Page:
TORONTO (Reuters) - Canada’s main stock index rose on Monday, with financial and energy stocks leading a broad rally as investors returned to equity markets on rising expectations that Britain will vote to remain in the European Union later this week.
The Toronto Stock Exchange S&P/TSX composite index .GSPTSE settled up 113.37 points, or 0.82 percent, at 14,015.14. All 10 of its main groups gained, with advancers outnumbering decliners by 5.5-to-1.
That lagged the sharper gains seen in European indices, which jumped as recent momentum for the campaign for Britain to leave the EU showed signs of waning. The vote is due on Thursday. [.EU][.L]
“I still think you’re voting with the wind here, I don’t know which way this is going to go,” said Rick Hutcheon, president at RKH Investments. “It’s probably still too close to call.”
The energy group climbed 2 percent and financials gained 0.7 percent. Combined, the two groups account for 56 percent of the index’s overall weight.
Oil prices rose 3 percent, helped by the waning Brexit risk and in anticipation of peak summer driving demand. [O/R]
Royal Bank of Canada RY.TO, the country's largest bank by market capitalization, rose 0.5 percent to C$78.01.
RBC plans further U.S. expansion following its $5 billion acquisition of Los Angeles-based City National in November, its chief executive said on Friday.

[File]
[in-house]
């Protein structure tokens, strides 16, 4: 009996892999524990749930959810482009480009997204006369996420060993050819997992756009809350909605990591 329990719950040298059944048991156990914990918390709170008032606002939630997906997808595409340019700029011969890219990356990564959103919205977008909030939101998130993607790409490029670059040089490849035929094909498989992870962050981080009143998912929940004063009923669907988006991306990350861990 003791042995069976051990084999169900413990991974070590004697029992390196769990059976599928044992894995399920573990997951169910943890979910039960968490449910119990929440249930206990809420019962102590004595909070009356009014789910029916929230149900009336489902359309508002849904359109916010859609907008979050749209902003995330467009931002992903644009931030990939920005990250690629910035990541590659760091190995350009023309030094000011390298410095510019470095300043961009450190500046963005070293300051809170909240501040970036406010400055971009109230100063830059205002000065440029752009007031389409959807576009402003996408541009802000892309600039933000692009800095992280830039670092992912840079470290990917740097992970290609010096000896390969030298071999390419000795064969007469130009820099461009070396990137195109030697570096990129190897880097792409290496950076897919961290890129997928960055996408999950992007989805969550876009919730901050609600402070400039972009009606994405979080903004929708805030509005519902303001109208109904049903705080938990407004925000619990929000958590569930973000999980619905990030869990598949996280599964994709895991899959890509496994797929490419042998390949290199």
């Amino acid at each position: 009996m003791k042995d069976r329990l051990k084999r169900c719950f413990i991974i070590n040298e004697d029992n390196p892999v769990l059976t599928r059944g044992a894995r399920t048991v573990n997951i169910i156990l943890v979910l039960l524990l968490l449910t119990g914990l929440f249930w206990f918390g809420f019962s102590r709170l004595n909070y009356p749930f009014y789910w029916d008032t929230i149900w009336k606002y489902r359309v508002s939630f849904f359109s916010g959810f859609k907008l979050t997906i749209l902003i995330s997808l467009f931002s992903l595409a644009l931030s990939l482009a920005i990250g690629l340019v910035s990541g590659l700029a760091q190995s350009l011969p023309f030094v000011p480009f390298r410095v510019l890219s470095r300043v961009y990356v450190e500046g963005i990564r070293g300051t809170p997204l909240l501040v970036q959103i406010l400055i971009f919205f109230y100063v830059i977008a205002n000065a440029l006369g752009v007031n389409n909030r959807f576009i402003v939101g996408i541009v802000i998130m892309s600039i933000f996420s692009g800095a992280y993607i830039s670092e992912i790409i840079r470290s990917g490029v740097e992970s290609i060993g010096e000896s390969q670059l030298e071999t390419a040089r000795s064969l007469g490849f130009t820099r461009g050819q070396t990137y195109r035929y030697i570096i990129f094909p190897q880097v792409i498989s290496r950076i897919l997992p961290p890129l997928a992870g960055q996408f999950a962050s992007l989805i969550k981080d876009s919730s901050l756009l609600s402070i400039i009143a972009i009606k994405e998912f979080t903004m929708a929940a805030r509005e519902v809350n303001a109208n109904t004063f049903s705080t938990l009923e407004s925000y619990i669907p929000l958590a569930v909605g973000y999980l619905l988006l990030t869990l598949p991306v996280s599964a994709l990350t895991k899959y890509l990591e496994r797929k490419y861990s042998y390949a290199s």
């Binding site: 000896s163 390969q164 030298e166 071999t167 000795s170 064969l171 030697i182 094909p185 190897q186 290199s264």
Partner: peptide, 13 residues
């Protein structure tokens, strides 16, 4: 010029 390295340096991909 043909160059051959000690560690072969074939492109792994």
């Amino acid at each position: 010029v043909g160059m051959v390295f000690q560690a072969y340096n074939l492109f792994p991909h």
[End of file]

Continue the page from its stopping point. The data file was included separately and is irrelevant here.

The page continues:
Canada’s biggest banks could absorb the direct effects of a severe housing crisis without catastrophic losses, ratings agency Moody’s said, as policymakers debate whether the country’s property markets are in bubble territory.
Gold miners were among the biggest drags, as the precious metal fell with other perceived safe-haven assets. [GOL/]
The materials group, which includes precious and base metals miners and fertilizer companies, gained 0.3 percent.
Kinross Gold Corp K.TO lost 2.2 percent to C$6.28. The miner suspended activity at its Tasiast mine in Mauritania after the West African country ordered expatriates whose work permits were invalid to stop working, a company source said.
The value of Canadian wholesale trade rose far less than expected in April as activity increased in just three sectors, including the food and beverage industry, data from Statistics Canada showed.ECONCA
Reporting by Alastair Sharp; Editing by Meredith Mazzilli and Sandra Maler
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